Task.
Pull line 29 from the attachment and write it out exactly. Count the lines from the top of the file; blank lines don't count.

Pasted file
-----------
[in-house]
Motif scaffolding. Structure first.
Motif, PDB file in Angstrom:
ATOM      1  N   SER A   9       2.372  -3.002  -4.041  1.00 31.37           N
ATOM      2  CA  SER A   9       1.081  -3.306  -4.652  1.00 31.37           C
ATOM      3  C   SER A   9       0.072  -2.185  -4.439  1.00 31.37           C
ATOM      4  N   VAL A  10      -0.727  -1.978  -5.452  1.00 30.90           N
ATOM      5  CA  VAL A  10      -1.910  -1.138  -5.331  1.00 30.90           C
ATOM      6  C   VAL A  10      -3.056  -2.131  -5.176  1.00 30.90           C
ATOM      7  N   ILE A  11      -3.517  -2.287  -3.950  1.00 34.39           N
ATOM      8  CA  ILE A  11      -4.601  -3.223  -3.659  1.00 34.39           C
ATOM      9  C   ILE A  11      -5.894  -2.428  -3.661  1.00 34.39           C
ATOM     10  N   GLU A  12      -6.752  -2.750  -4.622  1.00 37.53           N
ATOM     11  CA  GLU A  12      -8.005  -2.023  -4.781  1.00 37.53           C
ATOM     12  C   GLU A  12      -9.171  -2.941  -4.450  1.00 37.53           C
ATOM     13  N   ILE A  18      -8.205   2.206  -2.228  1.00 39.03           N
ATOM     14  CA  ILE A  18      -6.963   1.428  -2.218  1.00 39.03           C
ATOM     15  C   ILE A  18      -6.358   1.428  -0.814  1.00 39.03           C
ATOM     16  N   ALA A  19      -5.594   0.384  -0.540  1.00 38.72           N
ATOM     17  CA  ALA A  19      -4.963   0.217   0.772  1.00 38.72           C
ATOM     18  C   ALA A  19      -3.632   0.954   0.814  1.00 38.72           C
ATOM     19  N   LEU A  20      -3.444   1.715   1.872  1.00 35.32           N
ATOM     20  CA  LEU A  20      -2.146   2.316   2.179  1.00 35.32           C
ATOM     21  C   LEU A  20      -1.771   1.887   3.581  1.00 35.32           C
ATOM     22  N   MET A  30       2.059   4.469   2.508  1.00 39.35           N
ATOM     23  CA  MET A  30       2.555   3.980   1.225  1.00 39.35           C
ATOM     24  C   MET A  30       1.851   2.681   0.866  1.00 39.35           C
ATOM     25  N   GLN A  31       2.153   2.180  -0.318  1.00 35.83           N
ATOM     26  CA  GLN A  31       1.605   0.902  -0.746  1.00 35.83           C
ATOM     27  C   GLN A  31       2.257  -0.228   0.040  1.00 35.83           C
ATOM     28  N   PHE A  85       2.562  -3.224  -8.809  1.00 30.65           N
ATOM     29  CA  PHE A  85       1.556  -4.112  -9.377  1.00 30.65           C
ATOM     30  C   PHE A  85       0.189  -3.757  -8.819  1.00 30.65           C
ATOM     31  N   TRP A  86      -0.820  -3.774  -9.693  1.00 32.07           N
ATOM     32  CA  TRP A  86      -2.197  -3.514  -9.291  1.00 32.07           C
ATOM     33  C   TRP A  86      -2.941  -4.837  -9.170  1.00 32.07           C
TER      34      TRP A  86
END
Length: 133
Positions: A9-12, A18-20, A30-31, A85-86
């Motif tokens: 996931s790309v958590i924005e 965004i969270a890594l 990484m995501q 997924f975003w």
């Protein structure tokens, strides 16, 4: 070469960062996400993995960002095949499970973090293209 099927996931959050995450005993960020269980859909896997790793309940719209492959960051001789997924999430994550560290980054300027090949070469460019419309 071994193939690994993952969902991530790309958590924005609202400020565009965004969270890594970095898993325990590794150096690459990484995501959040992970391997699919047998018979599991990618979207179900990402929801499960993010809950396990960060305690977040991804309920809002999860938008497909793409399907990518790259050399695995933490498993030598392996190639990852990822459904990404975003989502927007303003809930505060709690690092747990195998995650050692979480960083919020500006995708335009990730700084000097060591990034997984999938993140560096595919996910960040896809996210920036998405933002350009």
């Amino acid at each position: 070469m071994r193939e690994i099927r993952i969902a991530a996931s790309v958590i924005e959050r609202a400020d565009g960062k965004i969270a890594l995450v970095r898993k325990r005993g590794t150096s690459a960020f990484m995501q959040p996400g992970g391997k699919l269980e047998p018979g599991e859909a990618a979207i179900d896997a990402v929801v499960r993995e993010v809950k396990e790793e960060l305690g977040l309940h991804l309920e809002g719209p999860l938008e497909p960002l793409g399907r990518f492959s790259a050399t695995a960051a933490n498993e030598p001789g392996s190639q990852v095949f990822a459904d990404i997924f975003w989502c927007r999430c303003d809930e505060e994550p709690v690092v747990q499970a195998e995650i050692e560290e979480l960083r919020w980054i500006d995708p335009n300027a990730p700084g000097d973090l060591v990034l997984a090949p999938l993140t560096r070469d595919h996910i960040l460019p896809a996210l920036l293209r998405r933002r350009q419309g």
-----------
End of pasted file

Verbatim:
ATOM     26  CA  GLN A  31       1.605   0.902  -0.746  1.00 35.83           C